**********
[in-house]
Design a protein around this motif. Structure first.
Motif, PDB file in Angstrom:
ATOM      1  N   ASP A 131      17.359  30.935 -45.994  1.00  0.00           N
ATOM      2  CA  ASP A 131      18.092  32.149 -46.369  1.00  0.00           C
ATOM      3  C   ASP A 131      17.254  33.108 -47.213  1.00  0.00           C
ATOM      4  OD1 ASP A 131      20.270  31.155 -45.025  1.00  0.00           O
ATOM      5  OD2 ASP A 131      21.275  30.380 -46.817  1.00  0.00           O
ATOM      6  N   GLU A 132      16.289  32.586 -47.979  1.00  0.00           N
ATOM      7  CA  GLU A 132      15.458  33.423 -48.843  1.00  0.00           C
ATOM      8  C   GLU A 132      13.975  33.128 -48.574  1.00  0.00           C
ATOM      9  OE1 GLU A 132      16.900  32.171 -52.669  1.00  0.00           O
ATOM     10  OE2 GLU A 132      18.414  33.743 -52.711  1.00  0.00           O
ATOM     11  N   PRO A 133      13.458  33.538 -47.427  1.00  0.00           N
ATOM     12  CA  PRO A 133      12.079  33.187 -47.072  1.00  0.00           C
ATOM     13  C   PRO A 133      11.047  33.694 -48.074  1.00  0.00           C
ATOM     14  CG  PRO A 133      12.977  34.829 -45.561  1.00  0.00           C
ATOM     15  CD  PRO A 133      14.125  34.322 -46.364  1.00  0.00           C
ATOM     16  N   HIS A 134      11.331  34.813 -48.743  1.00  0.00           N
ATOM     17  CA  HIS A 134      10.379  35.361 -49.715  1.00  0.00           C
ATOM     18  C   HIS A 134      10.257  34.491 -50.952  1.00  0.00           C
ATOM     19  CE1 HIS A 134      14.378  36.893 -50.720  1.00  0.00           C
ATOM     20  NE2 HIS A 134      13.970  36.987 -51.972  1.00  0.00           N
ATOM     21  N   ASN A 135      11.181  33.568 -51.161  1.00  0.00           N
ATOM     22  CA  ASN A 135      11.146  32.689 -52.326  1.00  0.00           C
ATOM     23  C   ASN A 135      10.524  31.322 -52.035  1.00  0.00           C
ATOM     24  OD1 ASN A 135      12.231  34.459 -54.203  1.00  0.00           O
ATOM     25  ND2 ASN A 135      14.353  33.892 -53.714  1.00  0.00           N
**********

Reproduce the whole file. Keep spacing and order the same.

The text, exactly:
[in-house]
Design a protein around this motif. Structure first.
Motif, PDB file in Angstrom:
ATOM      1  N   ASP A 131      17.359  30.935 -45.994  1.00  0.00           N
ATOM      2  CA  ASP A 131      18.092  32.149 -46.369  1.00  0.00           C
ATOM      3  C   ASP A 131      17.254  33.108 -47.213  1.00  0.00           C
ATOM      4  OD1 ASP A 131      20.270  31.155 -45.025  1.00  0.00           O
ATOM      5  OD2 ASP A 131      21.275  30.380 -46.817  1.00  0.00           O
ATOM      6  N   GLU A 132      16.289  32.586 -47.979  1.00  0.00           N
ATOM      7  CA  GLU A 132      15.458  33.423 -48.843  1.00  0.00           C
ATOM      8  C   GLU A 132      13.975  33.128 -48.574  1.00  0.00           C
ATOM      9  OE1 GLU A 132      16.900  32.171 -52.669  1.00  0.00           O
ATOM     10  OE2 GLU A 132      18.414  33.743 -52.711  1.00  0.00           O
ATOM     11  N   PRO A 133      13.458  33.538 -47.427  1.00  0.00           N
ATOM     12  CA  PRO A 133      12.079  33.187 -47.072  1.00  0.00           C
ATOM     13  C   PRO A 133      11.047  33.694 -48.074  1.00  0.00           C
ATOM     14  CG  PRO A 133      12.977  34.829 -45.561  1.00  0.00           C
ATOM     15  CD  PRO A 133      14.125  34.322 -46.364  1.00  0.00           C
ATOM     16  N   HIS A 134      11.331  34.813 -48.743  1.00  0.00           N
ATOM     17  CA  HIS A 134      10.379  35.361 -49.715  1.00  0.00           C
ATOM     18  C   HIS A 134      10.257  34.491 -50.952  1.00  0.00           C
ATOM     19  CE1 HIS A 134      14.378  36.893 -50.720  1.00  0.00           C
ATOM     20  NE2 HIS A 134      13.970  36.987 -51.972  1.00  0.00           N
ATOM     21  N   ASN A 135      11.181  33.568 -51.161  1.00  0.00           N
ATOM     22  CA  ASN A 135      11.146  32.689 -52.326  1.00  0.00           C
ATOM     23  C   ASN A 135      10.524  31.322 -52.035  1.00  0.00           C
ATOM     24  OD1 ASN A 135      12.231  34.459 -54.203  1.00  0.00           O
ATOM     25  ND2 ASN A 135      14.353  33.892 -53.714  1.00  0.00           N